Dying as an Art
"But now you have defined the whole thing, and handed it to the public," Ted Hughes wrote to A. Alvarez after the latter published a memoir of Hughes's dead wife. Would for the widower that Alvarez had been the only one. The marriage of poets Hughes and Sylvia Plath was a lyrical ballad turned spectacular dirge that, after Plath's 1963 suicide in London, drew scores of rubbernecking scribblers like a siren lament. Deconstructing the rugged übermensch and the maenad housewife spawned its own literary subgenre (or Plathology?), and as Janet Malcolm demonstrates in her metabiography of the couple, The Silent Woman, we tend to prefer the dead to the living: See rabid Plathites heckling Hughes's readings with cries of "murderer." The eventual British poet laureate ostensibly played the part of the silent man, saying next to nothing about the relationship until the release of Birthday Letters shortly before his death in 1998, but Hughes did know something of extermination: He destroyed one of Plath's journals and "disappeared" another; an autobiographical novel she had written also went missing. Call it negative capability. Much as Hughes opposed the vulgar herd clamoring to define the whole thing, in some ways he simply stood tallest among them.
Now a movie joins the rabble, a handsome, mostly tasteful production on par with 2001's Bayley-Murdoch impersonation Iris, which similarly introduced its heroine rattling down cobbled university streets on a bicycle, innocent and free. Sylvia is ridden with the ankle-spraining lawn divots of the biopic: the clumpy composite characters, a Woodward-esque presumption of omniscience, the collapsed chronology, the expository ventriloquism . . . not for nothing has daughter Frieda Hughes excoriated the production in verse as propping up a "Sylvia Suicide Doll." But Gwyneth Paltrow is no marionette, and her performance stitches a fascinating double bind of Plath's sunny all-American exterior and her storm-cloud inner voicesa deathly din unleashed in the brilliant fury of the Ariel poems, written during the fearsomely fecund last months of her life. As Hughes, Daniel Craig radiates the fabled erotic puissance, and the film admirably leaves him as a stone-bust enigma, a tabula rasa carved in Roman profile. As domestic relations disintegrate, director Christine Jeffs orchestrates an impressively gruesome dinner meltdown worthy of Abigail's Party (meanwhile, John Toon's autumnal cinematography appears to dry and wither in tandem with the marriage, while Gabriel Yared's histrionic music starts to evoke Morricone scoring Sirk). The film falters, though, under the shadow of the couple's legendary first meeting at a Cambridge fete in 1956, immortalized in Plath's diaries. When pressed and pretty Sylvia bites into Ted's cheek, drawing blood, it scans more like an embarrassing faux pas than soul mates colliding.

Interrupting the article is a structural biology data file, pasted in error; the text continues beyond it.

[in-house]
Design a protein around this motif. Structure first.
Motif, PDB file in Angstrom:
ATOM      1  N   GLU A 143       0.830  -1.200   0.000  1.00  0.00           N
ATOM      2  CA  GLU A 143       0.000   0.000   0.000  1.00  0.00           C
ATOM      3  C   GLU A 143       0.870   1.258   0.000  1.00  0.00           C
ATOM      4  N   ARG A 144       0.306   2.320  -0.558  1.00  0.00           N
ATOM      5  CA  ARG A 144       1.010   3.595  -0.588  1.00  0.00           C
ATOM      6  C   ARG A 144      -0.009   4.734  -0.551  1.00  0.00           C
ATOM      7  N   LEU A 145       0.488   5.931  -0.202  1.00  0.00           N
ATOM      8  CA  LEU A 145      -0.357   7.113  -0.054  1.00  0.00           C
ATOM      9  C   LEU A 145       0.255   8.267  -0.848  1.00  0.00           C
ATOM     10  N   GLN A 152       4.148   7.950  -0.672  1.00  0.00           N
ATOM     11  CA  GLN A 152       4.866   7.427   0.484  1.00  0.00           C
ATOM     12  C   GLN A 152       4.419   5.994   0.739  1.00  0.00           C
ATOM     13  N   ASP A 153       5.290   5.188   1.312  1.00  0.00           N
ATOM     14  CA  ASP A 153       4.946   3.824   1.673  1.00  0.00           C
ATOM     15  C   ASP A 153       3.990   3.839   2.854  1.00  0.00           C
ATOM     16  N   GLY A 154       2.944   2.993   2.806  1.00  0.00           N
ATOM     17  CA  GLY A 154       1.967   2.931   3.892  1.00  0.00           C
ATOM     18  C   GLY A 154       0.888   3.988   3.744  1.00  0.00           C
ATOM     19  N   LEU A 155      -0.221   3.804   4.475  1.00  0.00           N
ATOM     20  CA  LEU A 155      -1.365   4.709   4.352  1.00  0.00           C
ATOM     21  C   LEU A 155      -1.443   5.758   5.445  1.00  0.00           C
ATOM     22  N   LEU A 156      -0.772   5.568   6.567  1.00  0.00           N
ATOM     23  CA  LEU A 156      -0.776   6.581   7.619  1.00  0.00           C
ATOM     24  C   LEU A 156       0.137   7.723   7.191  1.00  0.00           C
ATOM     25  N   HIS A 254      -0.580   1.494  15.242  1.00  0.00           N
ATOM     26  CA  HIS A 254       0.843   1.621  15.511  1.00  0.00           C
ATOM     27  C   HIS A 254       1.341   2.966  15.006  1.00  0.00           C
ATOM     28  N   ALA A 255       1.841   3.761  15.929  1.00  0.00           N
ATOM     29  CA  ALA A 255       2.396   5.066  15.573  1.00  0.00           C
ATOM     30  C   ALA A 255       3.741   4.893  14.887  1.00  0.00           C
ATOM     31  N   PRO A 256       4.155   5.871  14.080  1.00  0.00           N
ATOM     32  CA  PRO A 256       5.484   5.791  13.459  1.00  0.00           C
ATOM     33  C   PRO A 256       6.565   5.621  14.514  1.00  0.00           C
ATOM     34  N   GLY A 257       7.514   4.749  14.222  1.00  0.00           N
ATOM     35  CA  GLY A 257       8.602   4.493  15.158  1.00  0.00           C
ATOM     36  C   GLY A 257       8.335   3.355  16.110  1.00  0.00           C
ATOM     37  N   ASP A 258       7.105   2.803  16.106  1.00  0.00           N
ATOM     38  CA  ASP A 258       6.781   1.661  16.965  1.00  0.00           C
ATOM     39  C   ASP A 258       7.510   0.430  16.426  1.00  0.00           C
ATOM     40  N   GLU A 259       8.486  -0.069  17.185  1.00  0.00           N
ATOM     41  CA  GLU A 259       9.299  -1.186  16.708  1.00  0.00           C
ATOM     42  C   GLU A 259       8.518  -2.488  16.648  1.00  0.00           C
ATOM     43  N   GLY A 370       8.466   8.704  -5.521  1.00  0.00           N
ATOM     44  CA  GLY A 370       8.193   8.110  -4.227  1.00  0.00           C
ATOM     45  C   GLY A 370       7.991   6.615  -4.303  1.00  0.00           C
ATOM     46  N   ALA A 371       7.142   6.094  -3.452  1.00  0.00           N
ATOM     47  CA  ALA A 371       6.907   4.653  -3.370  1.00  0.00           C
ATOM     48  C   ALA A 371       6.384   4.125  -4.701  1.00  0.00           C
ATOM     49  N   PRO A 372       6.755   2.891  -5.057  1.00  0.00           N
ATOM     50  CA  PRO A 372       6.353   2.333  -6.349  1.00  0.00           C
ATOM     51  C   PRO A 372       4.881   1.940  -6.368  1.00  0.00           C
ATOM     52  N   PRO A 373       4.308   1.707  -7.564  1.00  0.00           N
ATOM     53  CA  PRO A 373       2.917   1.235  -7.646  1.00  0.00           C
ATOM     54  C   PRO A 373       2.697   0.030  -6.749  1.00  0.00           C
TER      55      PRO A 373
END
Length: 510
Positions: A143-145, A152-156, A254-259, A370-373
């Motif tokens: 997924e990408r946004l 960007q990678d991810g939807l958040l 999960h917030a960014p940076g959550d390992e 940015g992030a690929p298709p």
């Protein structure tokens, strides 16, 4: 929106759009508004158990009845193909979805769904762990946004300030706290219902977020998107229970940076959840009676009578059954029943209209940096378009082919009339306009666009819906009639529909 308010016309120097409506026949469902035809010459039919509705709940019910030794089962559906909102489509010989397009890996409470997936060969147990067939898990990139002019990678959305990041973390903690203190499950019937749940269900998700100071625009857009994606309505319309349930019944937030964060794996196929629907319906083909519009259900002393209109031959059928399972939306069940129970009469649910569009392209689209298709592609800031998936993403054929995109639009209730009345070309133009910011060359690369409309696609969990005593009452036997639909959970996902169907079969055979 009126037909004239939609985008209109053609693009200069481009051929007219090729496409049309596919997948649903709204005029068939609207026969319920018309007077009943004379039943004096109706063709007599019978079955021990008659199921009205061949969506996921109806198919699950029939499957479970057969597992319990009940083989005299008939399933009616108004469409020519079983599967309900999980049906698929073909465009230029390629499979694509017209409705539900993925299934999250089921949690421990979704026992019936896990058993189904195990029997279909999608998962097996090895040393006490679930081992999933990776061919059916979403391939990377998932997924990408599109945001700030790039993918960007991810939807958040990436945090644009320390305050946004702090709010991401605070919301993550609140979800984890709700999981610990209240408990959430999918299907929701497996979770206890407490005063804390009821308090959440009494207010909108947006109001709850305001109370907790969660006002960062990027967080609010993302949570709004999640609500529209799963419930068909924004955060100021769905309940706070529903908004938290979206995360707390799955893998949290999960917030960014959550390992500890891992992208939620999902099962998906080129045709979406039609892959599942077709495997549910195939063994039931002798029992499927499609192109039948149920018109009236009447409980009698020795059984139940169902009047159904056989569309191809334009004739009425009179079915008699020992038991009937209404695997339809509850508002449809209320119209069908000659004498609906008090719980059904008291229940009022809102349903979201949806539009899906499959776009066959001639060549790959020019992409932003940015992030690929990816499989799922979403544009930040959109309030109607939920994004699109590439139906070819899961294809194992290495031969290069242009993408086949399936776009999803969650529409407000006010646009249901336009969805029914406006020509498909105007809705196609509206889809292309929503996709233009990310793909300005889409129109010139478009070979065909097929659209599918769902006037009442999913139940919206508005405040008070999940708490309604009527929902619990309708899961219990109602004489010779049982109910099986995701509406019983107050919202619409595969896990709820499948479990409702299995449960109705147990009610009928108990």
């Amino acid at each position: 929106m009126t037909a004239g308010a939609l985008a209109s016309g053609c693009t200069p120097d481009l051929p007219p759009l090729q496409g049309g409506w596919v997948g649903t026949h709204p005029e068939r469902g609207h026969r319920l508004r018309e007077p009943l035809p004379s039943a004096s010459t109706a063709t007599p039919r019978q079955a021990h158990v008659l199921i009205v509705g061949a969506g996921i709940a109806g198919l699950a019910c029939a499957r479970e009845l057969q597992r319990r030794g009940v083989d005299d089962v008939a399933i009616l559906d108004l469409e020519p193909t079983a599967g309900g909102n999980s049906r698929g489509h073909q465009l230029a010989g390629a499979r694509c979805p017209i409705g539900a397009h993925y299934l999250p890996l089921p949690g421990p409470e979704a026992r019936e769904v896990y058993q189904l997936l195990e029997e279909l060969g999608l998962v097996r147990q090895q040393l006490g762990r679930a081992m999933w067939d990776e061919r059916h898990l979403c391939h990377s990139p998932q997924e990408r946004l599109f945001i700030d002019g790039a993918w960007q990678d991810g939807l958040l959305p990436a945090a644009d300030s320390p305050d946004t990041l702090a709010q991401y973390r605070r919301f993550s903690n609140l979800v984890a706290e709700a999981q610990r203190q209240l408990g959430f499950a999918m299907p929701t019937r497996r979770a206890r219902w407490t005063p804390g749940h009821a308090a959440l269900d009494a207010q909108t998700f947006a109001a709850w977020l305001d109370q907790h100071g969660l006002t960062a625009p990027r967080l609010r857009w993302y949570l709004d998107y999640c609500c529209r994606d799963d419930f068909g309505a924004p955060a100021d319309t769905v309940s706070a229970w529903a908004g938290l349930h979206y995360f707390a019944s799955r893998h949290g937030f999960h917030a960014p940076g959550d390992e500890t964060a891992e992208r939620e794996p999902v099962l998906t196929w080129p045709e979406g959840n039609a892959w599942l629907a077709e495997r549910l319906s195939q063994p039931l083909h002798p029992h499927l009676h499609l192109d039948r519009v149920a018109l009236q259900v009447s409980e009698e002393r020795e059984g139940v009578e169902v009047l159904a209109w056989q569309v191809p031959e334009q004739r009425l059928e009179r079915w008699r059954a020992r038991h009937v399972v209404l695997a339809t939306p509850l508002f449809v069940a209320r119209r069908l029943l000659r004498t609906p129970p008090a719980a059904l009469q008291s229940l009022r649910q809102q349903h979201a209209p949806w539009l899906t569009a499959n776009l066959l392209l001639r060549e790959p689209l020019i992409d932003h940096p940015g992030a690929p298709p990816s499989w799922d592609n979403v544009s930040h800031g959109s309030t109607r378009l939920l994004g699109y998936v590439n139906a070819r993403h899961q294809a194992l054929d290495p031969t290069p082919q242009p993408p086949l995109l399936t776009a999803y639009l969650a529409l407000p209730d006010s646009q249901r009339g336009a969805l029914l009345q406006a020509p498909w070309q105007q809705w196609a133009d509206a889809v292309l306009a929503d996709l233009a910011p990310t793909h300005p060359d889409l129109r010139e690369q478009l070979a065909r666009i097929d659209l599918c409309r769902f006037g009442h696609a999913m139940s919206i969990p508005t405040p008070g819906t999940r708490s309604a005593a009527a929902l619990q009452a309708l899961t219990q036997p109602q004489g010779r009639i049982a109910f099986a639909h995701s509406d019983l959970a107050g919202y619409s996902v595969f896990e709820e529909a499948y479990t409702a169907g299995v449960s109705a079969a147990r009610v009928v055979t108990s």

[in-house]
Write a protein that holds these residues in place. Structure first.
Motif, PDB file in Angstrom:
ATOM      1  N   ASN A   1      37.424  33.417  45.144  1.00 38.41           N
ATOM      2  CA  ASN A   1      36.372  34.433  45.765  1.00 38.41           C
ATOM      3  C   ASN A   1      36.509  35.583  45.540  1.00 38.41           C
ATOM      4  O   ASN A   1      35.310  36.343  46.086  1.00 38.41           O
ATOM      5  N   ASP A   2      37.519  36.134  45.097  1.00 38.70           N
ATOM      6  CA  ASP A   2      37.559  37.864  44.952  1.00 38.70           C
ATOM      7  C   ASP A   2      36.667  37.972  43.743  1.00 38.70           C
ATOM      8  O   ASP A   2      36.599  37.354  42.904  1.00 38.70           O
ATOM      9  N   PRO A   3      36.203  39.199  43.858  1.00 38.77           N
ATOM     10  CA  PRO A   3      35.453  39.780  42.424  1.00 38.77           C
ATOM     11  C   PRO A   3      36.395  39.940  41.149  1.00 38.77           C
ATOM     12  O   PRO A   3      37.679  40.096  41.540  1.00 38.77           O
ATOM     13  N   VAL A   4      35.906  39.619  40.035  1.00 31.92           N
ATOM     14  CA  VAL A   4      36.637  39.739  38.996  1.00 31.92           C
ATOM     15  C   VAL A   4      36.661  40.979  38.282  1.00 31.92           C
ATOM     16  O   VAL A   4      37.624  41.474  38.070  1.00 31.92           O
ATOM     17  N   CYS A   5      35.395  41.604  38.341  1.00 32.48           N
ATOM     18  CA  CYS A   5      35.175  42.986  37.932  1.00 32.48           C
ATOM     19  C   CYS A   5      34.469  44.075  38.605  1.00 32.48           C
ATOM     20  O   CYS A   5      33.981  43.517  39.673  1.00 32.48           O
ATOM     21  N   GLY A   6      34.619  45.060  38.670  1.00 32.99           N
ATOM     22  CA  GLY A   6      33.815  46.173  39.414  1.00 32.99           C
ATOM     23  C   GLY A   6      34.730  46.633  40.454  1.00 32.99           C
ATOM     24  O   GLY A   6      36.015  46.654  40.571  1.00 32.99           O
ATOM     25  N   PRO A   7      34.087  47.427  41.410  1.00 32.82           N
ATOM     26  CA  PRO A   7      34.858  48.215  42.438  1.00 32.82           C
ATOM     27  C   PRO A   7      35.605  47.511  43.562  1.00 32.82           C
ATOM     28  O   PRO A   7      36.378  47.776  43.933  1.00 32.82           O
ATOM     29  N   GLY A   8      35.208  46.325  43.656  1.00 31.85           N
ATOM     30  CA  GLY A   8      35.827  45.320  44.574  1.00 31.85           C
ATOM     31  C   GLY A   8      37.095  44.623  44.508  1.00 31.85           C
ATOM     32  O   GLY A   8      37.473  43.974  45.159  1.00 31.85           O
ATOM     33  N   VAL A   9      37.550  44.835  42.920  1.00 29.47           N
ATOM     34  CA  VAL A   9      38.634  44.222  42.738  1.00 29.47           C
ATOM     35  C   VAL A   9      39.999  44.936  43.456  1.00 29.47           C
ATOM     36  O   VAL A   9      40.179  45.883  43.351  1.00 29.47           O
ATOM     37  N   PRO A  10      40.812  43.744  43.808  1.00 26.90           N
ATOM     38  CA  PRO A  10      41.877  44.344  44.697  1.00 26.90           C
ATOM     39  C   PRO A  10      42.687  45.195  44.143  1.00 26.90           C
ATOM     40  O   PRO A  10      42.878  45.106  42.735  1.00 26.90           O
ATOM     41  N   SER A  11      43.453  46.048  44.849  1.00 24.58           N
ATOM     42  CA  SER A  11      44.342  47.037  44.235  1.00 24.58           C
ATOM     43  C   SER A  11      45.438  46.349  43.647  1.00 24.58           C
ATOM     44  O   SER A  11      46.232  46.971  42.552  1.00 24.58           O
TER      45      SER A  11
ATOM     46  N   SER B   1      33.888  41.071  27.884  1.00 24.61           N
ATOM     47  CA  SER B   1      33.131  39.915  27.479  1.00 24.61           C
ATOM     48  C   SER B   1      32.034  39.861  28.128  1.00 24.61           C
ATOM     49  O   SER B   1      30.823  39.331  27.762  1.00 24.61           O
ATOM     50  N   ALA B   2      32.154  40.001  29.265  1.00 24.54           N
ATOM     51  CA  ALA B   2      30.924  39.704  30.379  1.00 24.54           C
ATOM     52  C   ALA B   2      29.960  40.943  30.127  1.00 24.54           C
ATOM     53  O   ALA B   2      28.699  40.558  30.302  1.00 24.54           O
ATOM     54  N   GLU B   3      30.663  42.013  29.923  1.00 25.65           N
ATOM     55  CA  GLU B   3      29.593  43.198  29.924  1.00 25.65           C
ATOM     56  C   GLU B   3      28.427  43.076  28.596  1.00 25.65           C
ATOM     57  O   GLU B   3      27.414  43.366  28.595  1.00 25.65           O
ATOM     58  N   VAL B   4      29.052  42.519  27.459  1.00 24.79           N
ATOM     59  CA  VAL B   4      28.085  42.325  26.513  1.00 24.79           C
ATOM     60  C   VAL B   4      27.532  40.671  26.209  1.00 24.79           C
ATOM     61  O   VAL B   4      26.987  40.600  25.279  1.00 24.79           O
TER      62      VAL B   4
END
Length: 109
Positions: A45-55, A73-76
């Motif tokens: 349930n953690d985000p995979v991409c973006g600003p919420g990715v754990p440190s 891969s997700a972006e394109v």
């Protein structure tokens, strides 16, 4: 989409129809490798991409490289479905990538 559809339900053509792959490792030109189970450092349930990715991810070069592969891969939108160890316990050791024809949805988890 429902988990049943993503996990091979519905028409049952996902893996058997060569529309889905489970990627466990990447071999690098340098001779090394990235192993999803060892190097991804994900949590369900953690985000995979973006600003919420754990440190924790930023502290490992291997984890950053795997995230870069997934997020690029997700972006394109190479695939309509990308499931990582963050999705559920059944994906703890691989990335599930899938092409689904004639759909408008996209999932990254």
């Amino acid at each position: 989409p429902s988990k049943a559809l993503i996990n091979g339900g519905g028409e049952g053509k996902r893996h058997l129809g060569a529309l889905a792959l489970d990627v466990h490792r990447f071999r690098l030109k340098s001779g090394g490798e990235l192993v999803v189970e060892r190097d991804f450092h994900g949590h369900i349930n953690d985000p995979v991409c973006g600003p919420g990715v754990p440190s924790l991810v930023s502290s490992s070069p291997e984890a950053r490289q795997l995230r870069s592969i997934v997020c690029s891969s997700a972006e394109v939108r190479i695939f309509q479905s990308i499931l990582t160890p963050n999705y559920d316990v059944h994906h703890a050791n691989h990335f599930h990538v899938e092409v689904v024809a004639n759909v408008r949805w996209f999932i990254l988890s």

But so what? Generally speaking, biopics are an odd lot in openly presuming their viewers' lack of imagination, even their lack of interest in the given subjectjust a casual knowledge of Plath's life will obviate the movie's various re-enactments, which tweak facts but never toy with insights. Plath's last-minute poetic achievements and her awful death seem yet more extraordinary given her role as single mother to two toddlers, but notwithstanding some crying, her little ones belong to the Hollywood magic breed of adorable moppets who appear and vanish as the plot finds convenient. More egregiously, screenwriter John Brownlow dumps a purely speculative peephole scene on the last reel, at which point the film stops Xeroxing despair and starts spinning it as soft-porn fiction. Brownlow explained in The Guardian that he wrote in this episode "because I am absolutely sure that something like that happened, but also because we needed a moment of happiness and resolution before the final, fatal act." If you would search for happiness and resolution in the life of Sylvia Plath, then here's your movie.
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